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I never really had any major problem using the NuGet client. By reading the Twitter timeline, it seems I am the only one without problems. But depending on what dev process you like to use, there could be a problem. This is not really a NuGet fault, but this process makes the usage of NuGet a little bit more complex than it should be.

As mentioned in previous posts, I really like to use Git Flow and the clear branching structure. I always have a production branch, which is the master. It contains the sources of the version which is currently in production.

In my projects I don't need to care about multiple version installed on multiple customer machines. Usually as a web developer, you only have one production version installed somewhere on a webserver.

I also have a next version branch, which is the develop branch. This contains the version we are currently working on. Besides of this, we can have feature branches, hotfix branches, release branches and so on. Read more about Git Flow in this pretty nice cheat sheet.

The master branch get's compiled in release mode and uses a semantic version like this. (breaking).(feature).(patch). The develop branch, get's compiled in debug mode and has an version number that tells NuGet that it is a preview version: (breaking).(feature).(patch)-preview(build). Where build is the build number generated by the build server.

The actual problem

We use this versioning, build and release process for web projects and shared libraries. And with those shared libraries it starts to get complicated using NuGet.

Some of the shared libraries are used in multiple solutions and shared via a private NuGet feed, which is a common way, I think.

Within the next version of a web project we also use the next versions of the shared libraries to test them. In the current versions of the web projects we use the current versions of the shared libraries. Makes kinda sense, right? If we do a new production release of a web project, we need to switch back to the production version of the shared libraries.

Because in the solutions packages folder, NuGet creates package sub-folders containing the version number. And the project references the binaries from those folder. Changing the library versions, needs to use the UI or to change the packages.config AND the project files, because the reference path contains the version information.

Maybe switching the versions back and forth doesn't really makes sense in the most cases, but this is the way how I also try new versions of the libraries. In this special case, we have to maintain multiple ASP.NET applications, which uses multiple shared libraries, which are also dependent to different versions of external data sources. So a preview release of an application also goes to a preview environment with a preview version of a database, so it needs to use the preview versions of the needed libraries. While releasing new features, or hotfixes, it might happen that we need to do an release without updating the production environments and the production databases. So we need to switch the dependencies back to the latest production version of the libraries .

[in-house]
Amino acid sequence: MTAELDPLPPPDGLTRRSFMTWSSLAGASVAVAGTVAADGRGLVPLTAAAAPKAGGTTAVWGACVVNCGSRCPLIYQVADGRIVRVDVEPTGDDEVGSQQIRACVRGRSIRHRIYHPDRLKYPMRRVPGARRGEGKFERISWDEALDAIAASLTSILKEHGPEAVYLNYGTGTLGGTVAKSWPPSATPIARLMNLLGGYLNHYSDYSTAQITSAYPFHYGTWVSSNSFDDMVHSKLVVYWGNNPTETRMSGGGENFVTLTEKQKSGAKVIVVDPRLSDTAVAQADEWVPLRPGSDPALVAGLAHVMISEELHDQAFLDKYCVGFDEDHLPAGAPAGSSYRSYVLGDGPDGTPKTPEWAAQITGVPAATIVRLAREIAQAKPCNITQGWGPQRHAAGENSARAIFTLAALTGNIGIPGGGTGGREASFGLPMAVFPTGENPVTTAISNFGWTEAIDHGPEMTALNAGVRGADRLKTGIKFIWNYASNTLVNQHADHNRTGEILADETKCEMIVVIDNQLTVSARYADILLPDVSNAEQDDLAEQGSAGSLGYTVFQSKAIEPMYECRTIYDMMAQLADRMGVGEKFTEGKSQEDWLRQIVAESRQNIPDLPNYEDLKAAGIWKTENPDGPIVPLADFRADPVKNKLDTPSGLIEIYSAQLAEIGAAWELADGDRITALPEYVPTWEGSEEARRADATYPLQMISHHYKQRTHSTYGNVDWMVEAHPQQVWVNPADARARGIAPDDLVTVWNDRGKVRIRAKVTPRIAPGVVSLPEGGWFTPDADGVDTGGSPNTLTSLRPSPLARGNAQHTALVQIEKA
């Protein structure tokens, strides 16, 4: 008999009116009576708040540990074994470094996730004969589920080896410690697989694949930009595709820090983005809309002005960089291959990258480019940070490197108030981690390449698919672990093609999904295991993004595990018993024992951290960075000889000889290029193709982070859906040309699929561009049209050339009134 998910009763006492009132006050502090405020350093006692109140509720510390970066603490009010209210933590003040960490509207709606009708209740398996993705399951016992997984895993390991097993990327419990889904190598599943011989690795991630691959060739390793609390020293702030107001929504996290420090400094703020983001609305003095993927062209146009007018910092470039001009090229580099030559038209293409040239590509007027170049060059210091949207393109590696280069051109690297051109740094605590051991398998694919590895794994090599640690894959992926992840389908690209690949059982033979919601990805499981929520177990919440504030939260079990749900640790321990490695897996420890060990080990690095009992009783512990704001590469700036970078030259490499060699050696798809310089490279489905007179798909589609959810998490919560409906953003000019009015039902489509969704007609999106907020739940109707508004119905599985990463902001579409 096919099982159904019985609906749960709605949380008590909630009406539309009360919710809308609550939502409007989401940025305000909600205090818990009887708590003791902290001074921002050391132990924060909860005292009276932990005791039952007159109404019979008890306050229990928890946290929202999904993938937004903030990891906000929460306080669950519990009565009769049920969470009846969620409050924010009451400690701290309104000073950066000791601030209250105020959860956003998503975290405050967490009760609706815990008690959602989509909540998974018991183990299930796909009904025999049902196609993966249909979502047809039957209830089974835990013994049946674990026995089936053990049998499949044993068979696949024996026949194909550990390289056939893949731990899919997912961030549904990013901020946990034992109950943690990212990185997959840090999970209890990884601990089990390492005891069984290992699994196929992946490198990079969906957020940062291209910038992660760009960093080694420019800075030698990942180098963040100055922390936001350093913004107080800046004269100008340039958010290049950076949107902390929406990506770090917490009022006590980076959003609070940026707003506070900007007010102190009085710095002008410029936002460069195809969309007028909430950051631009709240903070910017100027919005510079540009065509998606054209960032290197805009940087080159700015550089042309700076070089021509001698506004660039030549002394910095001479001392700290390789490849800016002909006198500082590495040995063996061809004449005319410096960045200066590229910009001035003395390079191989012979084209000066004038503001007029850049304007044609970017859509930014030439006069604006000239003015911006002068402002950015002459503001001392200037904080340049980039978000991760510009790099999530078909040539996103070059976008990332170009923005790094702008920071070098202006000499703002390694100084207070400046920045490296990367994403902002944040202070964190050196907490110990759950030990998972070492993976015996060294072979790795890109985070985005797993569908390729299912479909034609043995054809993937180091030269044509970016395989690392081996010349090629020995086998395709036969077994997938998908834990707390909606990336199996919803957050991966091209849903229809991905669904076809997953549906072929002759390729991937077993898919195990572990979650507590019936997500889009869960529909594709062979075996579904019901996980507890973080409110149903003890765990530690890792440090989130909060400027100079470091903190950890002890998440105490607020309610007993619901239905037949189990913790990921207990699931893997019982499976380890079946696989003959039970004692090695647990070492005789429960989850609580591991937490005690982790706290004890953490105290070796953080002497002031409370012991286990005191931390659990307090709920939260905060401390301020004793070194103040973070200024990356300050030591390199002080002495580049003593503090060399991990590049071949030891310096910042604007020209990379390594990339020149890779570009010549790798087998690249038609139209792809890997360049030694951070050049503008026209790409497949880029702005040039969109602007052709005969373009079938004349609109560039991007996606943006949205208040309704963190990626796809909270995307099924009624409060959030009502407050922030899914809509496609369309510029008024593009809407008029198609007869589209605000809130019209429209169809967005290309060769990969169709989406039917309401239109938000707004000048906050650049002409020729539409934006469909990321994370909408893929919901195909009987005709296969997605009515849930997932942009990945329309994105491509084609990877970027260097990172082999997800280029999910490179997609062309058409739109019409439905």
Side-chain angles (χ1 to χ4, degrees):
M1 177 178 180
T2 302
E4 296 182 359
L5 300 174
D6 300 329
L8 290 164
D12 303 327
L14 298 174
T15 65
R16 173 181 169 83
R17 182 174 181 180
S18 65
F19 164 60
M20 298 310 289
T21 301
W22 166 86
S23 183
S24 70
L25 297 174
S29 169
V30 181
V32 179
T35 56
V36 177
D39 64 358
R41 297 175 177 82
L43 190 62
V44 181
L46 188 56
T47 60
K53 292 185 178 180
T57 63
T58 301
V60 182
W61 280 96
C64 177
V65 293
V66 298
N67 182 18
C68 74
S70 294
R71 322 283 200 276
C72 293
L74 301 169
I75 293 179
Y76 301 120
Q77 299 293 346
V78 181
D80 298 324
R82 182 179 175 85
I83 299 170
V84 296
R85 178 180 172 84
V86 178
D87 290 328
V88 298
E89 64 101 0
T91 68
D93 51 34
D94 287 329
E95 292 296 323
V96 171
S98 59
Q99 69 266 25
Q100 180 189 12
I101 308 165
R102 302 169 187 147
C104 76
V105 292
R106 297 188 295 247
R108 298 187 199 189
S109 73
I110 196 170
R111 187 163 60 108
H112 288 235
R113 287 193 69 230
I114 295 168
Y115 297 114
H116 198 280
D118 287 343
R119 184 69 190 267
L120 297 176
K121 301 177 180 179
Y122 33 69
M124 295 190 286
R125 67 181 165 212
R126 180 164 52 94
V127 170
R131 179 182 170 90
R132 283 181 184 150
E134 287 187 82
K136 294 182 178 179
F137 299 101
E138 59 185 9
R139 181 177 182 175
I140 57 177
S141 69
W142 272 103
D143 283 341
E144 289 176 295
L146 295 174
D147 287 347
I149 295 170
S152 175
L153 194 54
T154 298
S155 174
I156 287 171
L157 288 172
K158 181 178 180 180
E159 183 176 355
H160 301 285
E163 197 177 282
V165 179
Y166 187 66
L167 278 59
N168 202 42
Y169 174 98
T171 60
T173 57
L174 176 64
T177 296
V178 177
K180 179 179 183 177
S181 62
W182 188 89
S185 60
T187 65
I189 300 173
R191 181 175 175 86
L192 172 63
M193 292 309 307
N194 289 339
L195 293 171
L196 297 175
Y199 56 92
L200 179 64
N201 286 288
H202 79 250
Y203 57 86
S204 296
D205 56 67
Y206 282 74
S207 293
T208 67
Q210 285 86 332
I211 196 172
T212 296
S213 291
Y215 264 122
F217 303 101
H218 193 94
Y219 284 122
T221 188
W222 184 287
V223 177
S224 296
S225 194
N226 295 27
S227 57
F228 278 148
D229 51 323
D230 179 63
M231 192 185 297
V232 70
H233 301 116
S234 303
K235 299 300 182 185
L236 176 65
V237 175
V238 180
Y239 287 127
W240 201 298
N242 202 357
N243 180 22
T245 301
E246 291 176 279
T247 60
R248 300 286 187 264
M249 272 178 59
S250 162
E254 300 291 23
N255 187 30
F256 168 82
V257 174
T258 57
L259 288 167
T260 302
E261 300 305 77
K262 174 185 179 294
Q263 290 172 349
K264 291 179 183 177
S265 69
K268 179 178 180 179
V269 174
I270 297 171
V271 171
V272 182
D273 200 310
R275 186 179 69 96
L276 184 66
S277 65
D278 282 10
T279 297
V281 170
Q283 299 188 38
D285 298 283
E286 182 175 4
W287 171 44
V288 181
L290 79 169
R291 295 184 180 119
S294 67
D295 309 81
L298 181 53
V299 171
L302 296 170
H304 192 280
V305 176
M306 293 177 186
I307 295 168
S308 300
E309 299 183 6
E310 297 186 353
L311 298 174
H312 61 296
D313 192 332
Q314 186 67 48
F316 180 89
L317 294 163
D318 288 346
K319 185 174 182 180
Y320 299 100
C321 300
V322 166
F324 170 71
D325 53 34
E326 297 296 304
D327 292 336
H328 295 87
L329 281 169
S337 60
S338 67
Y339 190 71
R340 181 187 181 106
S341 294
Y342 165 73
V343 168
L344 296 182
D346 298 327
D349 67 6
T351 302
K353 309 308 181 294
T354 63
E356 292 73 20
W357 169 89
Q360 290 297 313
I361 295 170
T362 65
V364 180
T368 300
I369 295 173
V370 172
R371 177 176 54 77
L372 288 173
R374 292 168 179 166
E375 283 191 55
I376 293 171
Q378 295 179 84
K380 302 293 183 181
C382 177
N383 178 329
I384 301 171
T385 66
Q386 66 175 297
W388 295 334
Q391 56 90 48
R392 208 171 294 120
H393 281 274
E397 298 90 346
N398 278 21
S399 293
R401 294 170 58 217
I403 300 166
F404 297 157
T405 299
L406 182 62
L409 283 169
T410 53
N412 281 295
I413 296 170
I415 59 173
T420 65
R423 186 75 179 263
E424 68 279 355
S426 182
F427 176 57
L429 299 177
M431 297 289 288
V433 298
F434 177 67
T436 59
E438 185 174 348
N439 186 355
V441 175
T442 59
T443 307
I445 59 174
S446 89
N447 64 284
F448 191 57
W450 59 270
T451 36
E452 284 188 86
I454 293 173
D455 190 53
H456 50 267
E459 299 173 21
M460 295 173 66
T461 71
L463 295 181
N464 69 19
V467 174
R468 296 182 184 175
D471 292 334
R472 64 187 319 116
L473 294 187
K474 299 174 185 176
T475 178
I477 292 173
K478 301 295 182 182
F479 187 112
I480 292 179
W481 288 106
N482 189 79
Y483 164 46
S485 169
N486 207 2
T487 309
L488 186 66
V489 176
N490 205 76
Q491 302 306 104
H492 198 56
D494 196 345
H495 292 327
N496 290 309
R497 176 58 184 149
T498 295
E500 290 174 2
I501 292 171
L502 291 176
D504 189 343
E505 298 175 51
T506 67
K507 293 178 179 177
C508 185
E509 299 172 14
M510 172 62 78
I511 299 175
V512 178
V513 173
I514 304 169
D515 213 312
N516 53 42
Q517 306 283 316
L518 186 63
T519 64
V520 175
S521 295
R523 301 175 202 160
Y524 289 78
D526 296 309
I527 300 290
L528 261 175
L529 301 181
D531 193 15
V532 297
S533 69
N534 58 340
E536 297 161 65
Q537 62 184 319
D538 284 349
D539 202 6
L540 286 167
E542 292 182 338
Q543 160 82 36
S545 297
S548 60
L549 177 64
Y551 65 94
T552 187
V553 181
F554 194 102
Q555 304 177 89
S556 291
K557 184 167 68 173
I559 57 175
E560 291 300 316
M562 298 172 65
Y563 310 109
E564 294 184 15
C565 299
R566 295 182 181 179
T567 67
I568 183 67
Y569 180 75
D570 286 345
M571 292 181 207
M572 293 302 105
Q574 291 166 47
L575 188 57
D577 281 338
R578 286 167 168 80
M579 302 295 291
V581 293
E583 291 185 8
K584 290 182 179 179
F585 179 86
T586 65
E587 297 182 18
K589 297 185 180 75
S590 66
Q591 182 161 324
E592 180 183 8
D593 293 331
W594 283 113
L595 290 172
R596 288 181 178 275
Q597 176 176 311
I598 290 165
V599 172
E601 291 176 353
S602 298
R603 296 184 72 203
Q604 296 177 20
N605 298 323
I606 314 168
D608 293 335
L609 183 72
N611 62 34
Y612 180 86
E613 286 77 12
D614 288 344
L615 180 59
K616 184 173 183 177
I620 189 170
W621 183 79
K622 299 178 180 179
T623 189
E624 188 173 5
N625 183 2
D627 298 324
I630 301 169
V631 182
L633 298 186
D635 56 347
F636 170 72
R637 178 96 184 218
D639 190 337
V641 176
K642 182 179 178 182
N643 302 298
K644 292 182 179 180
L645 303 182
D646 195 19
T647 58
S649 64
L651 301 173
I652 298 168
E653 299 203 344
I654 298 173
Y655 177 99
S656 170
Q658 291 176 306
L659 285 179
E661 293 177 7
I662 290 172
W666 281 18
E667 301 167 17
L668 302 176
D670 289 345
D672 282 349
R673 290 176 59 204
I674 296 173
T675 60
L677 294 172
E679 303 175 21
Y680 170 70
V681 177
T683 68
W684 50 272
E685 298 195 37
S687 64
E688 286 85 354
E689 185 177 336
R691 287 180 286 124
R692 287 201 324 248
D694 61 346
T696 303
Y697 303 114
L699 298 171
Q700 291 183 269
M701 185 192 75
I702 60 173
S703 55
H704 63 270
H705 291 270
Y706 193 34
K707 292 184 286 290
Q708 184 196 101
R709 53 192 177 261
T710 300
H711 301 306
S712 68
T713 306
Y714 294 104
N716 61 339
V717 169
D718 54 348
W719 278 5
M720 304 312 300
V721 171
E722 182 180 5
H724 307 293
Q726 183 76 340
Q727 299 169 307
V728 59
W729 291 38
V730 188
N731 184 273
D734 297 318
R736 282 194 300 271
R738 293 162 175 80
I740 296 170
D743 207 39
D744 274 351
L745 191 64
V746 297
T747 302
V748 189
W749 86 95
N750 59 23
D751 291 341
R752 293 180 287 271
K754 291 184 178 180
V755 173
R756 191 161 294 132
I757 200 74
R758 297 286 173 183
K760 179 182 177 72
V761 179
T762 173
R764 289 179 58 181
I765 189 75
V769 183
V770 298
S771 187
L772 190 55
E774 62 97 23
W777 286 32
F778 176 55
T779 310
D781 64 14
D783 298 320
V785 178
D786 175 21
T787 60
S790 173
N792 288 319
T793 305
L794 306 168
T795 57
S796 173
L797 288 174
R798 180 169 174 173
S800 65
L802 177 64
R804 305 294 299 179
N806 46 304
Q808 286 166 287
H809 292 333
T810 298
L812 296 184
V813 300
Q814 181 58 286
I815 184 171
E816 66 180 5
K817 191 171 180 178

Paket solves it

Paket instead only supports one package version per solution, which makes a lot more sense. This means Paket doesn't store the packages in a sub-folder with a version number in its name. Changing the package versions is easily done in the paket.dependencies file. The reference paths don't change in the project files and the projects immediately use the other versions, after I changed the version and restored the packages.

Paket is an alternative NuGet client, developed by the amazing F# community.

Paket works well

Fortunately Paket works well with MSBuild and CAKE. Paket provides MSBuild targets to automatically restore packages before the build starts. Also in CAKE there is an add-in to restore Paket dependencies. Because I don't commit Paket to the repository I use the command line interface of Paket directly in CAKE:

Task("CleanDirectory")
	.Does(() =>
	{
		CleanDirectory("./Published/");
		CleanDirectory("./packages/");
	});

Task("LoadPaket")
	.IsDependentOn("CleanDirectory")
	.Does(() => {
		var exitCode = StartProcess(".paket/paket.bootstrapper.exe");
		Information("LoadPaket: Exit code: {0}", exitCode);
	});

Task("AssemblyInfo")
	.IsDependentOn("LoadPaket")
	.Does(() =>
	{
		var file = "./SolutionInfo.cs";		
		var settings = new AssemblyInfoSettings {
			Company = " YooApplications AG",
			Copyright = string.Format("Copyright (c) YooApplications AG {0}", DateTime.Now.Year),
			ComVisible = false,
			Version = version,
			FileVersion = version,
			InformationalVersion = version + build
		};
		CreateAssemblyInfo(file, settings);
	});

Task("PaketRestore")
	.IsDependentOn("AssemblyInfo")
	.Does(() => 
	{	
		var exitCode = StartProcess(".paket/paket.exe", "install");
		Information("PaketRestore: Exit code: {0}", exitCode);
	});

// ... and so on

Conclusion

No process is 100% perfect, even this process is not. But it works pretty well in this case. We are able to do releases and hotfix very fast. The setup of a new project using this process is fast and easy as well.

The whole process of releasing a new version, starting with the command git flow release start ... to the deployed application on the web server doesn't take more than 15 minutes. Depending on the size of the application and the amount of tests to run on the build server.

I just recognized, this post is not about .NET Core or ASP.NET Core. The problem I described only happens to classic projects and solutions that store the NuGet packages in the solutions packages folder.

Any Questions about that? Do you wanna learn more about Git Flow, CAKE and Continuous Deployment? Just drop me a comment.

.net visual-studio csharp asp.net
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